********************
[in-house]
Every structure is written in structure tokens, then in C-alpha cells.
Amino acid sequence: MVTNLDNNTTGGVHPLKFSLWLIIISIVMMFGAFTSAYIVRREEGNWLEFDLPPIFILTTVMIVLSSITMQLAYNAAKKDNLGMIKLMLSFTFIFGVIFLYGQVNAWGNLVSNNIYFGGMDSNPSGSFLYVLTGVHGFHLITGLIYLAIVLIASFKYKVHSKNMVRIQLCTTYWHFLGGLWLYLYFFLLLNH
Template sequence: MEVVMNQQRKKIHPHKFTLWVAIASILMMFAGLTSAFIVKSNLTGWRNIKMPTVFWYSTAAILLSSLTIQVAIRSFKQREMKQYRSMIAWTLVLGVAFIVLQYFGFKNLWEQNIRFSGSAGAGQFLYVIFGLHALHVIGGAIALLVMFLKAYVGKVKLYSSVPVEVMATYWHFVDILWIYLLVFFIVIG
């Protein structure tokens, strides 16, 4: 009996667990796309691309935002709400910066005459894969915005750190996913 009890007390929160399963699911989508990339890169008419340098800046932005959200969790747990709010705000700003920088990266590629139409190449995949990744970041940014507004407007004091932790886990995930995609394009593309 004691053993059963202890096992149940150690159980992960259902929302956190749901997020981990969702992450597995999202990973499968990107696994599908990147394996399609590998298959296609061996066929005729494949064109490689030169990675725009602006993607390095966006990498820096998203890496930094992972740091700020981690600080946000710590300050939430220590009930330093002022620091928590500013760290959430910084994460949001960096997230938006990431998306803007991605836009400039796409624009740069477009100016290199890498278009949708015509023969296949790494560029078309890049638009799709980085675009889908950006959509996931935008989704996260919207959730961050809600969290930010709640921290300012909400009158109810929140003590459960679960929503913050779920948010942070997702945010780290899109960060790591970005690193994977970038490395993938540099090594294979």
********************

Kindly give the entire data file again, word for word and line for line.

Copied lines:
[in-house]
Every structure is written in structure tokens, then in C-alpha cells.
Amino acid sequence: MVTNLDNNTTGGVHPLKFSLWLIIISIVMMFGAFTSAYIVRREEGNWLEFDLPPIFILTTVMIVLSSITMQLAYNAAKKDNLGMIKLMLSFTFIFGVIFLYGQVNAWGNLVSNNIYFGGMDSNPSGSFLYVLTGVHGFHLITGLIYLAIVLIASFKYKVHSKNMVRIQLCTTYWHFLGGLWLYLYFFLLLNH
Template sequence: MEVVMNQQRKKIHPHKFTLWVAIASILMMFAGLTSAFIVKSNLTGWRNIKMPTVFWYSTAAILLSSLTIQVAIRSFKQREMKQYRSMIAWTLVLGVAFIVLQYFGFKNLWEQNIRFSGSAGAGQFLYVIFGLHALHVIGGAIALLVMFLKAYVGKVKLYSSVPVEVMATYWHFVDILWIYLLVFFIVIG
């Protein structure tokens, strides 16, 4: 009996667990796309691309935002709400910066005459894969915005750190996913 009890007390929160399963699911989508990339890169008419340098800046932005959200969790747990709010705000700003920088990266590629139409190449995949990744970041940014507004407007004091932790886990995930995609394009593309 004691053993059963202890096992149940150690159980992960259902929302956190749901997020981990969702992450597995999202990973499968990107696994599908990147394996399609590998298959296609061996066929005729494949064109490689030169990675725009602006993607390095966006990498820096998203890496930094992972740091700020981690600080946000710590300050939430220590009930330093002022620091928590500013760290959430910084994460949001960096997230938006990431998306803007991605836009400039796409624009740069477009100016290199890498278009949708015509023969296949790494560029078309890049638009799709980085675009889908950006959509996931935008989704996260919207959730961050809600969290930010709640921290300012909400009158109810929140003590459960679960929503913050779920948010942070997702945010780290899109960060790591970005690193994977970038490395993938540099090594294979």